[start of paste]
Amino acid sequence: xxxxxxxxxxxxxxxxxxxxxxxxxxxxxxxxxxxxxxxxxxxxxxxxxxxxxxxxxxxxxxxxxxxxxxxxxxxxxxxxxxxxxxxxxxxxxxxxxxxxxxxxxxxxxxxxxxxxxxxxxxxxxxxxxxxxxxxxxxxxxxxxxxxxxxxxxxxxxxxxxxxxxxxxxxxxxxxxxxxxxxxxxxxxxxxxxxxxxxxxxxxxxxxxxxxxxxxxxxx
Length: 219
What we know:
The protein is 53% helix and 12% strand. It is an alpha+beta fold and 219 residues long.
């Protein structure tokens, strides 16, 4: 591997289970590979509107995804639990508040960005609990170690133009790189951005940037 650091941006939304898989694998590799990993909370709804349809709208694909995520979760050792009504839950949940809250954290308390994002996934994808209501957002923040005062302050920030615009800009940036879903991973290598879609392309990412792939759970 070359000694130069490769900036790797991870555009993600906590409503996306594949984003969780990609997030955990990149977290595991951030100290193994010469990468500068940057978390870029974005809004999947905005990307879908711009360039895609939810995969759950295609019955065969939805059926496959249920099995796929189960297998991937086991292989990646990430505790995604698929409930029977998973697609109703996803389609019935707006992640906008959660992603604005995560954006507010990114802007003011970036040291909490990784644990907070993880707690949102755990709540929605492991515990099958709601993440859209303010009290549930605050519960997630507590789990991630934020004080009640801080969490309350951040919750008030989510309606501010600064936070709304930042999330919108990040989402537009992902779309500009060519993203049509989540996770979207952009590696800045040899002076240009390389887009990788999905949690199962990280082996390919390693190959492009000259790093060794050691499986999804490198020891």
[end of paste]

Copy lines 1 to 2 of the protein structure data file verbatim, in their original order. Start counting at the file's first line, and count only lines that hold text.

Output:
Amino acid sequence: xxxxxxxxxxxxxxxxxxxxxxxxxxxxxxxxxxxxxxxxxxxxxxxxxxxxxxxxxxxxxxxxxxxxxxxxxxxxxxxxxxxxxxxxxxxxxxxxxxxxxxxxxxxxxxxxxxxxxxxxxxxxxxxxxxxxxxxxxxxxxxxxxxxxxxxxxxxxxxxxxxxxxxxxxxxxxxxxxxxxxxxxxxxxxxxxxxxxxxxxxxxxxxxxxxxxxxxxxxx
Length: 219